I now understand the value of version pinning. But it seems strictly superior to minimize the places where you need pinning. Use it only when a library misbehaves, rather than always adding it just to protect against major version changes.
CI integrated with a package manager would indeed be interesting. Hmm, it may disincentivize people from writing tests though.
We don't write tests just to have tests, but to verify that certain important functionality is preserved across versions. The trouble with many tests, is that they are written to fill coverage quotas, and don't actually check important use cases. By using actual dependents and _their_ tests as a test for upstream libraries, we might actually get a better idea of what functionality is considered important or necessary.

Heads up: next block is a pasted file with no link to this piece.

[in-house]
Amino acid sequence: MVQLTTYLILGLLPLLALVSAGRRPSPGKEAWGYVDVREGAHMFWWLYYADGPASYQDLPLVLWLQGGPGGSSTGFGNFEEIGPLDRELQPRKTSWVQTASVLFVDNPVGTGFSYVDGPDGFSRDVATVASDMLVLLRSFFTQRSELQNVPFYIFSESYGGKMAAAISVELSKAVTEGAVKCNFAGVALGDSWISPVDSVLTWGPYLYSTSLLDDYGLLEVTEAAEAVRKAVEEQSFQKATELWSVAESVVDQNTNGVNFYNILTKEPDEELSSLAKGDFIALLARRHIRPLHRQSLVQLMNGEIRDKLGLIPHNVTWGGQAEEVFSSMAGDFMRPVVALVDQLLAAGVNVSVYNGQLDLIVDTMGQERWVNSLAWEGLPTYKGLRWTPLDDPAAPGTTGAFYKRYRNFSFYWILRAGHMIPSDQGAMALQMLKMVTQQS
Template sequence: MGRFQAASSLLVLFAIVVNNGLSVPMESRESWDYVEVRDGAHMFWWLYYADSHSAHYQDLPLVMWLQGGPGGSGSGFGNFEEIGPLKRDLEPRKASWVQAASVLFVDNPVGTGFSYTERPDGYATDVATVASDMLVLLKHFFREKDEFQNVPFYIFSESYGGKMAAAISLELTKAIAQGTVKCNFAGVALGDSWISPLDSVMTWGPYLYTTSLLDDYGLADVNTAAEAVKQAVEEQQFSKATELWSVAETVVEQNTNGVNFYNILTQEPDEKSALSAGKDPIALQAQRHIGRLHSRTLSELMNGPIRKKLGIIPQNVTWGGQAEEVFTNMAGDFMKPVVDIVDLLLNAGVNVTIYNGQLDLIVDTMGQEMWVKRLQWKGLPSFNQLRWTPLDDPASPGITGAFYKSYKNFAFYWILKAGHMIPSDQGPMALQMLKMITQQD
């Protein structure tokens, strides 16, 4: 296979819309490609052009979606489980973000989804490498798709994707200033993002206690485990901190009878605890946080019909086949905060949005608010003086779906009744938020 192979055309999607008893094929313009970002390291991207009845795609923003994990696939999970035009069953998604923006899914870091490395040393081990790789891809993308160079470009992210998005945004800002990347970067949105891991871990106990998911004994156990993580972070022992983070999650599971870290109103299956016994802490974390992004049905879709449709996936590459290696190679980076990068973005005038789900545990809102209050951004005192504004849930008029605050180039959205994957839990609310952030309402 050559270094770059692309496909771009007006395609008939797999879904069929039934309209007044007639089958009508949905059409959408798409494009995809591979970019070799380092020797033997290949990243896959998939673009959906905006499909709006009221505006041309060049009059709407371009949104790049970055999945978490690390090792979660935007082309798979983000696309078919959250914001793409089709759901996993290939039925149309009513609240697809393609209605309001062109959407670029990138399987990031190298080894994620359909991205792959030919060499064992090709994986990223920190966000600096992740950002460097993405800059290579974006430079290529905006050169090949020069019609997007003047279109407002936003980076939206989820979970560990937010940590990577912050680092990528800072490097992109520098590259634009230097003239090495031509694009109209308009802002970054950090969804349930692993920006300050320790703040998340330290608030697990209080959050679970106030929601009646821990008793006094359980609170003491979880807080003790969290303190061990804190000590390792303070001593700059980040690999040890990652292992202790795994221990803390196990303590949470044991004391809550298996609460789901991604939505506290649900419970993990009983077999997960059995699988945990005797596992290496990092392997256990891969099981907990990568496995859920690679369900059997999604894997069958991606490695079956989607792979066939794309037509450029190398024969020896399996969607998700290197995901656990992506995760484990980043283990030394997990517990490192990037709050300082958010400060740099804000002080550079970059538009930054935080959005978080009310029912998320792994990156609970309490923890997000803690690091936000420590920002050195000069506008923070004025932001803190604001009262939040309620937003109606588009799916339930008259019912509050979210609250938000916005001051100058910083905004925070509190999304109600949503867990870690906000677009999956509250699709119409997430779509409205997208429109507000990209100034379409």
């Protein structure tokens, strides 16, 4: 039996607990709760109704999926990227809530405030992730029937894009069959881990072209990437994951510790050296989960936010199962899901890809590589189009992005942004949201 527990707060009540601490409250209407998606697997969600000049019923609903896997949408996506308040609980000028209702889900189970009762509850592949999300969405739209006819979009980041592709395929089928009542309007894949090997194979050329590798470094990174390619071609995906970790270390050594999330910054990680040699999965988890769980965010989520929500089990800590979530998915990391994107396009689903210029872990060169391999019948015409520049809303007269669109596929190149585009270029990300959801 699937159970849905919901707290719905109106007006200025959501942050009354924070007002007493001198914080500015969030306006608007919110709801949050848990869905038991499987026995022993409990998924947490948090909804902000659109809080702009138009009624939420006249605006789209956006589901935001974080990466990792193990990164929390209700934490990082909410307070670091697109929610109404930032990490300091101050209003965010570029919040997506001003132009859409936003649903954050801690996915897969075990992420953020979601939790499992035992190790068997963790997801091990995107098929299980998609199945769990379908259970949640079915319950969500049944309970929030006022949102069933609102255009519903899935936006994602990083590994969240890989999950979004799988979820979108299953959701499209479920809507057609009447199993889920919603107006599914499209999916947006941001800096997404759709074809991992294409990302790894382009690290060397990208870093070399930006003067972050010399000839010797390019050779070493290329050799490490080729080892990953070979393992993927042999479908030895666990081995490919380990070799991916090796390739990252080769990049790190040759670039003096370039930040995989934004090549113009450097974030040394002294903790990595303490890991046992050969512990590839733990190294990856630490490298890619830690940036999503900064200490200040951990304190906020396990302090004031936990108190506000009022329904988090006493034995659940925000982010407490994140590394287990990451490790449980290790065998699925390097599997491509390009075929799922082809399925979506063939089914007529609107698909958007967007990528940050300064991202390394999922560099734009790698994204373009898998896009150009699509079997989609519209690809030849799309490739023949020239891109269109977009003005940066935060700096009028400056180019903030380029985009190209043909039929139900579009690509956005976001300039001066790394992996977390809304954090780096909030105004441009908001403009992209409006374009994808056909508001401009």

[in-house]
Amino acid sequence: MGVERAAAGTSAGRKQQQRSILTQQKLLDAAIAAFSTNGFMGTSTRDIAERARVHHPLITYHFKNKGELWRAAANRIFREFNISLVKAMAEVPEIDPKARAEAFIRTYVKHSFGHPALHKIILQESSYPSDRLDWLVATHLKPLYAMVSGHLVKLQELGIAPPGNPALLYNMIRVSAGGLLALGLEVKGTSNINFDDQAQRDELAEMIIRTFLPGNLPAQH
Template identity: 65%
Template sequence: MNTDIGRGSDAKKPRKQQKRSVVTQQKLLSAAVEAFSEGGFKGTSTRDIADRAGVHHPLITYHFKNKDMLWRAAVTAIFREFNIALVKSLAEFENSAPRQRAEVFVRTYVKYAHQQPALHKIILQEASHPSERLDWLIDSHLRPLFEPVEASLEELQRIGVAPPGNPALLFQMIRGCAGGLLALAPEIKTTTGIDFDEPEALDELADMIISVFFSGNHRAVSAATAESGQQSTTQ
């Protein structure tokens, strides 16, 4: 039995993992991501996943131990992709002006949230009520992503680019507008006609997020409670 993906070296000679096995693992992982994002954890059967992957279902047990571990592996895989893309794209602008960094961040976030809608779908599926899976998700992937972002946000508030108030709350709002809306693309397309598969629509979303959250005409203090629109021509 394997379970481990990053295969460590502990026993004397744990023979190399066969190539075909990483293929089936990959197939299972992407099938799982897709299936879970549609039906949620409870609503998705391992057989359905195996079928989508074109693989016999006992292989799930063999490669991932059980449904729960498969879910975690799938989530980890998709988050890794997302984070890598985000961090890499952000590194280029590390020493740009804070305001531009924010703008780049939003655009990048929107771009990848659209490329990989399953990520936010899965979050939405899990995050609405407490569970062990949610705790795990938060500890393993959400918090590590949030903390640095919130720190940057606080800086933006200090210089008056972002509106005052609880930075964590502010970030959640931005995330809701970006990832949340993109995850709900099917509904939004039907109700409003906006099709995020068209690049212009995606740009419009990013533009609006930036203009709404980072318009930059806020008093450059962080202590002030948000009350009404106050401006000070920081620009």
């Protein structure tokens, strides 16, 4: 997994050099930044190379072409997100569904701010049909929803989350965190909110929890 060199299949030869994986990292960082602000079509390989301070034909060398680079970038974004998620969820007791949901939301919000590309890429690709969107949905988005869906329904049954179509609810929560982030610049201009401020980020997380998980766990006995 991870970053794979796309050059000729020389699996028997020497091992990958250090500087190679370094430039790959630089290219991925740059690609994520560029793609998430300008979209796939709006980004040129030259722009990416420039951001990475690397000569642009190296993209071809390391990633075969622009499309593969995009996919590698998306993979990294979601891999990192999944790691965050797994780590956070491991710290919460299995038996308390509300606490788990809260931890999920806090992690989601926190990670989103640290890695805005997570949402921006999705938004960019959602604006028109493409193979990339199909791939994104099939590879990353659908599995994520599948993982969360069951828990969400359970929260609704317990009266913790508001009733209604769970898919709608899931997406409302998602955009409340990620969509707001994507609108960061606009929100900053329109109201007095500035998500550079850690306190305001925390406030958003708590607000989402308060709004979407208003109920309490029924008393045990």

Anything that nobody's using can change; anything that they rely on should not, even if it's counter intuitive.
The problem remains that most user code will still not exist in the package manager. It might be more effective if integrated with the source control services (github, gitlab, etc.), which already provide CI and host software even if it's not intended to be used as a dependency. The "smart package" system could then use the latest head that meets a specified testing requirement, instead of an arbitrary checkpoint chosen by the developers.
Oh, I just realized what you meant. Yes, I've often wanted an open-source app store of some sort where you had confidence you had found every user of a library. That would be the perfect place for CI if we could get it.